The Gospel According to Saint Valentine

Daniel Riddle Rodriguez


for Mia & D_____

The only weight-loss miracle is bulimia; everything else is product branding. Her real name is Valentine Jones, and it’s her favorite saying. Valentine Jones, beautiful teenager: she has high cheekbones and good hair, a mother tongue, long silent, that had sounded something French. Valentine. Valley Girl. She models clothes and commands a following, but mostly she just models clothes. I sit in the press row, follow her train down the hallways at school. Her second favorite saying is, Me and my mirror are best friends. Or, when she’s feeling clever, Me and my vanity are best friends.

Valentine says, Everything you want is on the other side of skinny.

She says, Thinner is winner.

Coffee, smokes, and Diet Cokes.


Never—not ever—never use your finger, Valentine says. Just pound cola and grab your ankles. The uvula you save may be your own. Remember, she says, breakfast is important (potassium potassium potassium!), but never eat anything larger than your fist.

Mind the gap, she says.

Feet together. Thighs apart.

She says, Fridge pickers wear large knickers.


Valentine says, Let them eat cake. Skinny tastes better. She says, I miss my gag reflex. I miss the 90s. I’m having Heroin Chic withdrawals. Cindy was great, Valentine says, but cover my altar with Kate. Saint Gia. Mother King. Father, son, holy moly, she says. You can poach my soul, but leave my face intact.

That is a scale, she says.

This is how you crunch numbers.


Size 2 is the new size 4 is the new size 12. 0 will always be 0, and 1 truly is the loneliest number. These are cardinal numbers, she says.

This is cardinal truth.

Of course exercise is a viable option, she says, but there are two types of girls in this world: girls who sweat out their perms, and girls who don’t. Question is, which type of girl are you?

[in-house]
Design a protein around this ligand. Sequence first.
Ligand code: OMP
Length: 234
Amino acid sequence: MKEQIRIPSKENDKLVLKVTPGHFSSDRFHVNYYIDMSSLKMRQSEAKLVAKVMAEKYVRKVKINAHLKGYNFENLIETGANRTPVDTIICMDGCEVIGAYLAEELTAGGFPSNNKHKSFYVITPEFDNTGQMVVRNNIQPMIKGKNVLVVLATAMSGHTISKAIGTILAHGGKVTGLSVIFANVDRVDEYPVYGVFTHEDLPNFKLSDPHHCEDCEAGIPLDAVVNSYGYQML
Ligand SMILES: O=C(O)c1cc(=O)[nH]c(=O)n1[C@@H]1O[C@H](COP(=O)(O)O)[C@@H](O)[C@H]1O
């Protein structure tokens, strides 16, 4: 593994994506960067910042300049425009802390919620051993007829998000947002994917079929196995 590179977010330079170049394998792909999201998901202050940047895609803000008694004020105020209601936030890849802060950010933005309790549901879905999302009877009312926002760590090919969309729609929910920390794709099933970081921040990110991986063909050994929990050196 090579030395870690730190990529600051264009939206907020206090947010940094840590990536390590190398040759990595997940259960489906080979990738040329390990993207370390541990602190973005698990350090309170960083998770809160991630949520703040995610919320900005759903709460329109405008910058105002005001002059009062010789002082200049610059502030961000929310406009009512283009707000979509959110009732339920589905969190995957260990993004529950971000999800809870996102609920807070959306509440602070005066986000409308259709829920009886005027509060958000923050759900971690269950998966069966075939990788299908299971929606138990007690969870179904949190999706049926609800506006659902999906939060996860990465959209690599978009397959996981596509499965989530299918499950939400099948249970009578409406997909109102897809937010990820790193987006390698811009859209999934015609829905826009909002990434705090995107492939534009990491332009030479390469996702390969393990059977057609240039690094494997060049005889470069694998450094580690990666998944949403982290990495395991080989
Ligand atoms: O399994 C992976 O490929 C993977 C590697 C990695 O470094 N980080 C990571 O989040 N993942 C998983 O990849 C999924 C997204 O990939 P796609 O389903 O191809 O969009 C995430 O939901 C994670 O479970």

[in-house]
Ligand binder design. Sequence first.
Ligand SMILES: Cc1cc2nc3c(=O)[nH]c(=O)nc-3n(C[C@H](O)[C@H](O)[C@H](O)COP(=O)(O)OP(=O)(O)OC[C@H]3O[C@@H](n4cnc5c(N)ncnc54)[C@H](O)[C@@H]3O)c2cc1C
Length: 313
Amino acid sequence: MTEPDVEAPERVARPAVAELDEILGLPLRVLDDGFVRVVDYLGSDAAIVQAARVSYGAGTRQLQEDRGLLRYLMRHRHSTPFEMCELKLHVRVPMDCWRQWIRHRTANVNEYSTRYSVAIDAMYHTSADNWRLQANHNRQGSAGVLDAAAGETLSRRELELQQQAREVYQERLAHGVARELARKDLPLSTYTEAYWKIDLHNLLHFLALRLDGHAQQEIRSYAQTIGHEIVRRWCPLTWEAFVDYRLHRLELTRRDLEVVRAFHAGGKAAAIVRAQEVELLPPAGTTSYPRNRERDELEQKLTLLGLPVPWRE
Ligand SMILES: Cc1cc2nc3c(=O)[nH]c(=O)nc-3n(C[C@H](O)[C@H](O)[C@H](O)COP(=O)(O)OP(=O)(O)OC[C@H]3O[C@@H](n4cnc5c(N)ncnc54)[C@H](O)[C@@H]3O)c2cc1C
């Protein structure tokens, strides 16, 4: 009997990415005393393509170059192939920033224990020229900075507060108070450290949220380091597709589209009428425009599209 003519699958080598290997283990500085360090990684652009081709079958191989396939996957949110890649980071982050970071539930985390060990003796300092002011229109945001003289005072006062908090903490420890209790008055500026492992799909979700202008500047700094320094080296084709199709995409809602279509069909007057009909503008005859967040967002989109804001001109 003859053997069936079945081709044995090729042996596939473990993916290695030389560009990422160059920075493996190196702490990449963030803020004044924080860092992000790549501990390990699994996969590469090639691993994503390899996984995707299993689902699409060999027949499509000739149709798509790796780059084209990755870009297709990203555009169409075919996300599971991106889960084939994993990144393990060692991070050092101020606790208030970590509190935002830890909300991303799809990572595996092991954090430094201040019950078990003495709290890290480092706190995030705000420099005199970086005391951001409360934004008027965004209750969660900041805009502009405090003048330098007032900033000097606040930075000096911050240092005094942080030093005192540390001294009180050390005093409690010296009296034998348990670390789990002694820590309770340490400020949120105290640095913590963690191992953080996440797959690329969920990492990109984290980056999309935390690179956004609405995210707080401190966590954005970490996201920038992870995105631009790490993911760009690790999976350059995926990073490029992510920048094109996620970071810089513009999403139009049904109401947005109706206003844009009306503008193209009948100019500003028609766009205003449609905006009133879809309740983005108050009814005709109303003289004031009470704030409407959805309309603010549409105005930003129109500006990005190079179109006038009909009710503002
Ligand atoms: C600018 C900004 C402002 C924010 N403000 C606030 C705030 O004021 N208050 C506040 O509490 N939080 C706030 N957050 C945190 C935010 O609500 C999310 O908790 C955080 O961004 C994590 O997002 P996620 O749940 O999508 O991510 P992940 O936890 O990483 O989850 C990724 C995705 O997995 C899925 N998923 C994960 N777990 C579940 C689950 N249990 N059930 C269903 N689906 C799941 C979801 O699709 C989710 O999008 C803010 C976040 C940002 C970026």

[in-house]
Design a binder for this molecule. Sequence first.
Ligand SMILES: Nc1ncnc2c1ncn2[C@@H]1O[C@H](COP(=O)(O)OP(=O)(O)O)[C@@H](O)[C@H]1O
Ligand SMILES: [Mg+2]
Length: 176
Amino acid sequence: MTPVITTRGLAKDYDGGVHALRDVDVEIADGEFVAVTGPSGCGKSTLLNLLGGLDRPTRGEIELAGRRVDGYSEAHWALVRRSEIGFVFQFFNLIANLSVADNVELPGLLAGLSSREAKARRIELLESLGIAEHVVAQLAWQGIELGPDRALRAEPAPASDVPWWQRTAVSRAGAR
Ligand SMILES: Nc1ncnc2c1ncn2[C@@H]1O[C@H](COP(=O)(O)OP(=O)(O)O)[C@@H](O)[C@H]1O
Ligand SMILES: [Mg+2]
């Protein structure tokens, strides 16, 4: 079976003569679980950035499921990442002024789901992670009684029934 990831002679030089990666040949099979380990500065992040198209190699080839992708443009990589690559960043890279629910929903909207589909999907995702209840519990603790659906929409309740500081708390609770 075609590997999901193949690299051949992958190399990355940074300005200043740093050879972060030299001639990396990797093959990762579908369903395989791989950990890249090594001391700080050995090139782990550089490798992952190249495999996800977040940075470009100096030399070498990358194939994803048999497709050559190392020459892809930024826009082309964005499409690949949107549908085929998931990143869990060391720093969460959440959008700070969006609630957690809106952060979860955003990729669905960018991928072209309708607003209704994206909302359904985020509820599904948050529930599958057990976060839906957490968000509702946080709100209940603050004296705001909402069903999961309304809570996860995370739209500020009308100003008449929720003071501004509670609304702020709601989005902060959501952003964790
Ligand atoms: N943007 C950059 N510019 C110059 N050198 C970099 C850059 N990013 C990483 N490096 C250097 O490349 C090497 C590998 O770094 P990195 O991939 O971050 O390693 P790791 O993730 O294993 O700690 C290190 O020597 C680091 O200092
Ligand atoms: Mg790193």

In the eighth grade, I was invited to a “pity party” and didn’t know it. The girls took turns marking my flaws with Sharpies, my body a galaxy of black dashes and bullseyes, and I sat on a washing machine so they could watch my body jiggle and shake. Pity thy love handles. Pity thy cellulite. Pity those thunder-thighs. Valentine walked me home in my oversized shirt and slippers, and when we got there my mother said, Some people are rotten to the core. She scooped coffee bean ice cream into a large bowl and left it to melt under my nose. My mother said, It isn’t really about you.


Your mom is wrong, Valentine told me later that night. It’s always about you. Same way boys jack off and tweeny bops cut themselves, looking for a rush. She said, Whether you’re spilling blood or spilling cum, we’re all at the mercy of our bodily fluids. She held my hair while I eyeballed the sweet spot in the toilet where the water ebbs the porcelain. The worst abuse of power, she said, is failing to realize you have it.


Which type of girl am I?


I am the type of girl who knows that unswallowed ice cream is still cold, that it tastes the same on the way up. The type of girl who has cried at every Thanksgiving that she can remember. The type whose mother looks for traces of food in the sink trap. I am the girl who knows the scale will never tell a lie, even if the mirror does.




Daniel Riddle Rodriguez's real name is Daniel Riddle Rodriguez. A full-time student and father, he is from San Lorenzo, California, where he lives with his son. He is the author of Low Village (CutBank 2016) and Low Village: Rules of the Game (Nomadic Press 2016). Previous publications include Mid-American Review, Word Riot, Prairie Schooner, Fourteen Hills, and others. He is thrilled to be here.